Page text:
How do you start a photography business with no experience? Well, you try to gain experience—as fast as you can!
And not just experience on your own, as in the practice I mentioned above. But also experience shooting photos in some professional capacity.
Here are some ways to get professional experience when you’re brand new to photography:
- Volunteer for local events. Events may not have a photographer on hand—so offer to fill that role.
- Shoot friends and family. Photograph anyone who will let you.
- Offer free or extremely discounted shoots. This can be a great way to gain experience. But keep in mind that you have to spend time not only shooting but also editing. Free shoots can help you build a portfolio, but in my experience some people may flake on you if it’s completely free. Charging some small amount—say, $50 or $100—can help make sure people take your time seriously, since they now have skin in the game. (This note is different from photographing friends and family, since those are people who will show up for you and respect your time, as opposed to people you don’t know well who are simply looking for inexpensive photos.)
- Observe seasoned photographers. I’ve learned so much from shadowing photographers who know more than me. Way more than I ever learned from watching a YouTube video or reading a blog post.
- Try to apprentice. Take the above tip and double down, asking someone if you can apprentice for them for free or for a small salary. To protect yourself, make sure you set the expectations clearly on what the apprenticeship entails in advance.
- Take virtual or in-person workshops. Photography is an ever-evolving field. As your budget and time allow, it helps to attend workshops, take classes, and continue reading and learning. Also, consider subscribing to photography magazines and following blogs or Instagram accounts from popular photographers in niches you’re interested in (more on niches below).
3. Build a Portfolio
In photography your portfolio is your resume.
All of the photography experiences you have should be made with your portfolio in mind, helping you build a foundation in photographs for future employment.
Everything I covered above will help you build your portfolio. But here are two few more things to keep in mind on the topic:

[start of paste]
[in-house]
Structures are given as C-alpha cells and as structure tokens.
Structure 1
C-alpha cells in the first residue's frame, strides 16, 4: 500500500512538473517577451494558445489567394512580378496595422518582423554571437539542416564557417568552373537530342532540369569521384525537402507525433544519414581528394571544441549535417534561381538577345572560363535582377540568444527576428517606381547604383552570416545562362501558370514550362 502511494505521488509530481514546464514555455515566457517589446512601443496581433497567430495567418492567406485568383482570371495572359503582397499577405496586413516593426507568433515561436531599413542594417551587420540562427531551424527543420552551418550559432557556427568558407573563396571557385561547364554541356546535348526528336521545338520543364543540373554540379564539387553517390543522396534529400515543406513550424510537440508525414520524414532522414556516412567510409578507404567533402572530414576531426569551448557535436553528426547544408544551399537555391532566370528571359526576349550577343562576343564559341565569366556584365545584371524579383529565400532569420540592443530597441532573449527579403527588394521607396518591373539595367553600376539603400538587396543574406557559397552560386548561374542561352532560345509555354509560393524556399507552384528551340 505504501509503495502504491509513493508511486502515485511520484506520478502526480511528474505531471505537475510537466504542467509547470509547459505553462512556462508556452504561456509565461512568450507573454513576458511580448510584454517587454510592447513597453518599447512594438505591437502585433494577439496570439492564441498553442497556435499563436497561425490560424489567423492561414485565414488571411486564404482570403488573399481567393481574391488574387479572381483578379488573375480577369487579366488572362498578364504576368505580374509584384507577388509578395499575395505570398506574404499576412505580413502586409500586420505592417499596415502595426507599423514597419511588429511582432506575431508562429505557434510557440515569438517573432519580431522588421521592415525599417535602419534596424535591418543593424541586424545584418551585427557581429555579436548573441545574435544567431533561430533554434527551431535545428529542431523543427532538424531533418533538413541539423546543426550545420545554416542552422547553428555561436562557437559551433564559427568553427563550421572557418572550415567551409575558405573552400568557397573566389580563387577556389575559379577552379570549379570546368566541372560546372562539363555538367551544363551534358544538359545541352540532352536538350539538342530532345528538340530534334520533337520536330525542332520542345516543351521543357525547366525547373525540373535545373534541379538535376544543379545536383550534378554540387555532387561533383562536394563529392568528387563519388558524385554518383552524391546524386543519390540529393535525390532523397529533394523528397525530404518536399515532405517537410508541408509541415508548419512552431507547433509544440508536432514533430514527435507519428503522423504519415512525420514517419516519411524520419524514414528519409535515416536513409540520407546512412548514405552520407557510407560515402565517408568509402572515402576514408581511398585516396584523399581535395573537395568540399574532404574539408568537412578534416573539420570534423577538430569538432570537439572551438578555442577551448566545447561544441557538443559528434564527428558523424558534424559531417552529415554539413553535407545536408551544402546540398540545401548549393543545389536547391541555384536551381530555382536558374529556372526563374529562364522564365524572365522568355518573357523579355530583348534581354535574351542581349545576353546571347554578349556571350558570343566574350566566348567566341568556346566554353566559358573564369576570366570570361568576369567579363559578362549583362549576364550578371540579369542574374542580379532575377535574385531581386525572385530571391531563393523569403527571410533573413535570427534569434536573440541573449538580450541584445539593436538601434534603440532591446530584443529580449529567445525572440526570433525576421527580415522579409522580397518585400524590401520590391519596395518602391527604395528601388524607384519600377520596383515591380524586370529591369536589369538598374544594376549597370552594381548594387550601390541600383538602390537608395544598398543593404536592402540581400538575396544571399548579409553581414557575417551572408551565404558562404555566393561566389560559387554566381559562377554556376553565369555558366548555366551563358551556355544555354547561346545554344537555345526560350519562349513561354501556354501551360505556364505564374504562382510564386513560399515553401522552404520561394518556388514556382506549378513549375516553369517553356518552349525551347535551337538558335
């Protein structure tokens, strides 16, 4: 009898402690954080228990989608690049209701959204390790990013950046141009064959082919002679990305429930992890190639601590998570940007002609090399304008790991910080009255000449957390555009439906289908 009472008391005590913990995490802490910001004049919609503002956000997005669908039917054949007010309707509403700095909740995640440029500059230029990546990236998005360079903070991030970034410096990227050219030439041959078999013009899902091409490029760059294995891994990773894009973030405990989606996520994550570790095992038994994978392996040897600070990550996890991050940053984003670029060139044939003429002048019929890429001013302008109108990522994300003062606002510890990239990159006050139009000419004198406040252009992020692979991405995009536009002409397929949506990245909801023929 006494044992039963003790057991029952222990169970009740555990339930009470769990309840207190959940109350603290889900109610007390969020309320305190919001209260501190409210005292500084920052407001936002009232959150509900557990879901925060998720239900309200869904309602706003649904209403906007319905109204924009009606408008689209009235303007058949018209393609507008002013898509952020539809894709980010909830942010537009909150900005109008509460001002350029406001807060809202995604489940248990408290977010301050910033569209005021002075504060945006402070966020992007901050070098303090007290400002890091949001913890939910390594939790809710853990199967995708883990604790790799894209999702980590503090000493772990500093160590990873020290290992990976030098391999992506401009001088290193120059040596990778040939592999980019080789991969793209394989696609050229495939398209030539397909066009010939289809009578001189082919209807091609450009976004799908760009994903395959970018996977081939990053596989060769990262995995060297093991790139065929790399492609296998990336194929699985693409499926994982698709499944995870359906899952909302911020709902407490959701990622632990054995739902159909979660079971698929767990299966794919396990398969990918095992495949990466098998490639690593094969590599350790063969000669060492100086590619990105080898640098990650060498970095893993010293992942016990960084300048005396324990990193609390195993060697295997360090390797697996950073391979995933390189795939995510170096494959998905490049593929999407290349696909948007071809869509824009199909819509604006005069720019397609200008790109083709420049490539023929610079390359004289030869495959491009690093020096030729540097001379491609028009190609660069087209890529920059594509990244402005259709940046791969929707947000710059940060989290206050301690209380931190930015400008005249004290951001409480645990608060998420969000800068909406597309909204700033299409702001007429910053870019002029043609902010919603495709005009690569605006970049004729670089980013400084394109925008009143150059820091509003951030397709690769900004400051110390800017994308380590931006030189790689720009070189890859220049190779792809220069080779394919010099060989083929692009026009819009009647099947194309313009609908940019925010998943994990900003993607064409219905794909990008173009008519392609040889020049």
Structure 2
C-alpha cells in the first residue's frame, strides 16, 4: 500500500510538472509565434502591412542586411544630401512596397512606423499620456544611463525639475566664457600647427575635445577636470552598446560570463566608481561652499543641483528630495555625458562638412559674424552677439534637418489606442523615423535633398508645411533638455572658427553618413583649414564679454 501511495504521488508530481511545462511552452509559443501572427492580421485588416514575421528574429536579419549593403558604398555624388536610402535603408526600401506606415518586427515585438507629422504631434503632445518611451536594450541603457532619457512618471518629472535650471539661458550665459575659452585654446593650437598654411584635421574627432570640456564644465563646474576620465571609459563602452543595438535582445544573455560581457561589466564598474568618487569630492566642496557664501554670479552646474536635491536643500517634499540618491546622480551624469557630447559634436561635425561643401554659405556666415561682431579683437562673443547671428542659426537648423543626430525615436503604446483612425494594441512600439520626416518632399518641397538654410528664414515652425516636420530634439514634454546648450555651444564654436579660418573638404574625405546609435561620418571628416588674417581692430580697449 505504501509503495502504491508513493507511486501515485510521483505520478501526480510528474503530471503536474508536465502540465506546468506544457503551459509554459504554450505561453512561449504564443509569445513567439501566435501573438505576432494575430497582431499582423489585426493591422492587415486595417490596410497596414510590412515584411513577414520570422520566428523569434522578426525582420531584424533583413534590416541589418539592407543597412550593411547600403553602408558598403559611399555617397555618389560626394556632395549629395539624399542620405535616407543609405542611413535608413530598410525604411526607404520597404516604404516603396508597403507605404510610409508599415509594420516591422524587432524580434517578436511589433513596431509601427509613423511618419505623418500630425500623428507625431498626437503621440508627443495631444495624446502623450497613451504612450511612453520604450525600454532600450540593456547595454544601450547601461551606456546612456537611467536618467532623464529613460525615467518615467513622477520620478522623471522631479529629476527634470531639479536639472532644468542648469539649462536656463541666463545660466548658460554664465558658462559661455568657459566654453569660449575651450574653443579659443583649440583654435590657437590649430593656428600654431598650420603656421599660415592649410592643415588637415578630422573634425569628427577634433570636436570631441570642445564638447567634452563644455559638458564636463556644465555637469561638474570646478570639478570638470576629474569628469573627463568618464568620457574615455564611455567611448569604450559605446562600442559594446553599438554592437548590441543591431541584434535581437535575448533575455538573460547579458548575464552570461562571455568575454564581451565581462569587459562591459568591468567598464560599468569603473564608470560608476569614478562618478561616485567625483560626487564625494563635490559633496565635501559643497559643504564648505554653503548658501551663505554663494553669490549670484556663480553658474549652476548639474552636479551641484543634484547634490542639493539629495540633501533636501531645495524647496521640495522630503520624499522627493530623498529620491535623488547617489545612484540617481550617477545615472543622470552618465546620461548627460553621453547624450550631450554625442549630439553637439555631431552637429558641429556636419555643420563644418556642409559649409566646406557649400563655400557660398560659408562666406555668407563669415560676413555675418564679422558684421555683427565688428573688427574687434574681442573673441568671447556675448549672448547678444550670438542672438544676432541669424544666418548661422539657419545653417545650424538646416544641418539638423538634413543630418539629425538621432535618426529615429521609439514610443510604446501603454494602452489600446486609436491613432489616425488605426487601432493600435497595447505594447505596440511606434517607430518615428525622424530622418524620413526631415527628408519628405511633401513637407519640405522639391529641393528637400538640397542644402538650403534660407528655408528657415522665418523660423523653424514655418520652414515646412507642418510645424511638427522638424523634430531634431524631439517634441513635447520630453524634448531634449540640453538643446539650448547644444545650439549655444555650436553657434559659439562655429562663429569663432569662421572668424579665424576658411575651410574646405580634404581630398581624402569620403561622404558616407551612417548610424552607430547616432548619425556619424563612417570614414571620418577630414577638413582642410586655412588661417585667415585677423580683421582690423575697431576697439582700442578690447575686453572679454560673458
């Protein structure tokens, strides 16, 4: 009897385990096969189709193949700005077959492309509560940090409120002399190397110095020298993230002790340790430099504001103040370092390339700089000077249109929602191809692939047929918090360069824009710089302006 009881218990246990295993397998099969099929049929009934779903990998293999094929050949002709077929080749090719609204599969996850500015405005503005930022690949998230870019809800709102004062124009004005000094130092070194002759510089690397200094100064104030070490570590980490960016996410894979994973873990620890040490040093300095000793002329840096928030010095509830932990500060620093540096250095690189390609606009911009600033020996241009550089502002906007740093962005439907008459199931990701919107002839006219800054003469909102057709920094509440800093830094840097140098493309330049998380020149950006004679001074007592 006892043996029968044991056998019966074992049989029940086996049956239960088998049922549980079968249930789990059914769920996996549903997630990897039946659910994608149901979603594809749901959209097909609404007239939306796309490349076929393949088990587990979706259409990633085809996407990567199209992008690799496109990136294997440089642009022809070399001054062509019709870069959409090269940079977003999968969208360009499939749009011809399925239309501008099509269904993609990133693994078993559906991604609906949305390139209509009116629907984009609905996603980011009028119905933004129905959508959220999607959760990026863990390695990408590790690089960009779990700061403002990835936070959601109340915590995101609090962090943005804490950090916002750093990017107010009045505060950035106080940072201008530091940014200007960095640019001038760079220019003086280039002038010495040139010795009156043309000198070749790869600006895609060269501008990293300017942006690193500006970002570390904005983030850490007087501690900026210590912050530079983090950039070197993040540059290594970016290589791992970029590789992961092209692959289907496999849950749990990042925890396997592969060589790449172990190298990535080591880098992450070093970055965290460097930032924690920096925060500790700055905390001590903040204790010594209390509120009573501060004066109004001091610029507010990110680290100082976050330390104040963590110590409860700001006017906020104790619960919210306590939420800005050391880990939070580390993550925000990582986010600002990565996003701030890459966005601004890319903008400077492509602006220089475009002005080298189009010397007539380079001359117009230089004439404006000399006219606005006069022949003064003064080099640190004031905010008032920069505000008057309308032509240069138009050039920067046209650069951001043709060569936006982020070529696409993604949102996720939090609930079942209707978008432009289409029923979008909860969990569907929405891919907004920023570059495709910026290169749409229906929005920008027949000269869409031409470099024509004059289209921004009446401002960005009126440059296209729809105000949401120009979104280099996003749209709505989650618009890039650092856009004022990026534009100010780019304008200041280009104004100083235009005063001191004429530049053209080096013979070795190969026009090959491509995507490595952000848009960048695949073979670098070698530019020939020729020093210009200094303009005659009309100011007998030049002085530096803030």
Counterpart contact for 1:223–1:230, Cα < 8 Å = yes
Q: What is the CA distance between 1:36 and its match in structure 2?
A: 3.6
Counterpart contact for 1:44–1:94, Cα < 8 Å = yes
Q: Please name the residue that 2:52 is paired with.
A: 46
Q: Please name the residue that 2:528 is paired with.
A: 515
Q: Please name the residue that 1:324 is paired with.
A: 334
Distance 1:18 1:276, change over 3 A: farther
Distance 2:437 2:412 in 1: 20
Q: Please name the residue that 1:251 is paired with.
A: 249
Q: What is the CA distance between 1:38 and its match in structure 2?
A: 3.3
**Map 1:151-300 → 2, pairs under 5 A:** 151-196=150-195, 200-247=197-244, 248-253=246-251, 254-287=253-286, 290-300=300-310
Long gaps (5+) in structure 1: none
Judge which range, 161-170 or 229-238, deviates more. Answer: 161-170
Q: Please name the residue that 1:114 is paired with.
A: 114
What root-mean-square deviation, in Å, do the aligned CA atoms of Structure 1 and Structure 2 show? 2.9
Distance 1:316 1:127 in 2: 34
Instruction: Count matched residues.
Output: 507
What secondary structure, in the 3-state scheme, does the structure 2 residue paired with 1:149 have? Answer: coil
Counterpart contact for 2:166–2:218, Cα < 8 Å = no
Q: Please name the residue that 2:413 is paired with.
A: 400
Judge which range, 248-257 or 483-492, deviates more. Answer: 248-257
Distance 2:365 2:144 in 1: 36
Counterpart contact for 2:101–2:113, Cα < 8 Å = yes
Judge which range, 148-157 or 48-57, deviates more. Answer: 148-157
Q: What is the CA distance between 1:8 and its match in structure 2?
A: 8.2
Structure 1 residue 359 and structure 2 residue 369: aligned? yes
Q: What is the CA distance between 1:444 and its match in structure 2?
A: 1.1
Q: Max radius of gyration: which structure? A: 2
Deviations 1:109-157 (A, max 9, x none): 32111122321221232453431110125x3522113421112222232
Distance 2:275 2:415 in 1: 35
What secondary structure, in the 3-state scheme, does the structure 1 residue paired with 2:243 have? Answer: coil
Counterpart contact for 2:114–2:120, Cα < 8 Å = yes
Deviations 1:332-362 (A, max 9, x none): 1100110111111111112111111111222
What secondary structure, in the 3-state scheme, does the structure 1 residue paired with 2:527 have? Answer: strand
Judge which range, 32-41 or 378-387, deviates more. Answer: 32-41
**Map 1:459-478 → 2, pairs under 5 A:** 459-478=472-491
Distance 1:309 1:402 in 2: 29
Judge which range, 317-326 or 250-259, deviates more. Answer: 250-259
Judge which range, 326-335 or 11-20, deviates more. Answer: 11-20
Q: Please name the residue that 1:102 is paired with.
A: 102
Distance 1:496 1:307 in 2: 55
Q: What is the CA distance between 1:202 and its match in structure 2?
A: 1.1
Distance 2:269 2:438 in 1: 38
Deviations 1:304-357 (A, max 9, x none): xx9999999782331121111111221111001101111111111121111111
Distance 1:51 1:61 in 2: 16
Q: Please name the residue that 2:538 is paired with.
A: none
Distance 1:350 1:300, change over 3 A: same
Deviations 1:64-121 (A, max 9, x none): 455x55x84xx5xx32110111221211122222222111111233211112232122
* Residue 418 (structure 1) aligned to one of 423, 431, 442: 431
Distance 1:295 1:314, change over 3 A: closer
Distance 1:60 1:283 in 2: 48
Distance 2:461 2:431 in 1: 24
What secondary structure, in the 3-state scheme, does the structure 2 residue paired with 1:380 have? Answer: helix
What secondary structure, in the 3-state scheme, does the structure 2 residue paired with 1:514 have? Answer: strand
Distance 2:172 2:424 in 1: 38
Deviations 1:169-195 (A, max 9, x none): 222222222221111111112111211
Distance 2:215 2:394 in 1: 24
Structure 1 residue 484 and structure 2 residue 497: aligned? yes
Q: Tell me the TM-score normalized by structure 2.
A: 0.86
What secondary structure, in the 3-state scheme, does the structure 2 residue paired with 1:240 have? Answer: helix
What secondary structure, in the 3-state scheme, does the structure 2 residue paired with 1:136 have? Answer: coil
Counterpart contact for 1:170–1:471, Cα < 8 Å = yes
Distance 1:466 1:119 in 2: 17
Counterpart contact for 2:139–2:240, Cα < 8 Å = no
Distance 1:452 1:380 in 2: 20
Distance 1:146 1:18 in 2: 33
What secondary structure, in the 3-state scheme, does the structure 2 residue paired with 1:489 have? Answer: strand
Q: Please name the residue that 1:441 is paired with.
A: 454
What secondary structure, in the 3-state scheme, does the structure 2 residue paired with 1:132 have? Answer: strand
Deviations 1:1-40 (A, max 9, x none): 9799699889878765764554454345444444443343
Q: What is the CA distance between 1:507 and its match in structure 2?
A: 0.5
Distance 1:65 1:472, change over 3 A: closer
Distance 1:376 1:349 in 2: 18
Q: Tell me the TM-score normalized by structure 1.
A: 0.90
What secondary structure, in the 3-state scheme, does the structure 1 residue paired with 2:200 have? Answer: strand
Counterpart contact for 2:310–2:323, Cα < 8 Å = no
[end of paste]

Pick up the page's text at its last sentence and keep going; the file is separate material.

- Create an online portfolio. When you’re ready to start sharing your photos you’ll want at least some of them to be online. This allows people to find you and it allows you to share your work easily with people. You can use platforms like Squarespace and WordPress to create a simple website, or even use devoted online portfolio platforms like Zenfolio or Adobe Portfolio designed to make the process super easy. (But keep in mind: These platforms will require a paid subscription.)
- Consider using Instagram. In my experience, Instagram is the only social media platform that matters for photographers. And it can be a great place to generate leads for future sales. It takes time, but it’s worth it. You can consider running ads on instagram, it might help kickstart your professional career.
4. Choose a Niche (Or Two)
It can be hard to start a photography business as a generalist.
People want specific types of photos, and by specializing, you can hone in on that particular market where you live. It may seem like you’re cutting yourself off from other ways to make money, but in the long run people would rather have someone who’s really good at just a few things—or says they are, if they’re just getting started ;)—then someone who says they can do everything.
That being said, if work falls into your lap, absolutely take it. Especially when you’re just getting started.
And if you get to the point that you’re getting so much work you can start turning it down? Then you know you arrived. (I got to this point just last year—and I have to tell you, it was weird. But also amazing.)
Here’s a quick step-by-step for finding your local niche:
- Assess demand. Evaluate local demand for different types of photography where you live using Google, word of mouth, and any other information you can gather.
- Evaluate the competition. See if there are any gaps between demand and who’s offering that type of photography in your area.
- Align your findings with what you want. Using the above, identify the types of photography you most enjoy that also have high demand and low competition—and that’s what you should go after.
In reality, the process won’t be this clean, and will probably require you to make some sacrifice with what you want to find a niche or niches where there is demand and lower competition.
But balancing these three factors—demand, supply, and your interest—is a good way to find the niche where you want to work, and actually make money doing it.
5. Keep Learning
It’s easy to get stuck in just doing one or two things. But the more skills you can add to your portfolio, the more you’ll make in the long run.
Remember, learning isn’t just about tricks of lighting or ways to fast track editing—though these things are definitely important. Learning can also be about getting better at handling clients, helping them surface what they actually want and making sure they feel heard and get what they’re looking for out of your work.
At the end of the day, if the client isn’t happy, you won’t get a referral and your business will stagnate. The main goal is to have clients love what you do, because they will be your best marketing tool.
How to Start a Photography Business with No Experience—Building Your Business
Here are some tips to help guide your efforts on the business side of things, based on my experience building my own wedding photography business.
1. Make Money ASAP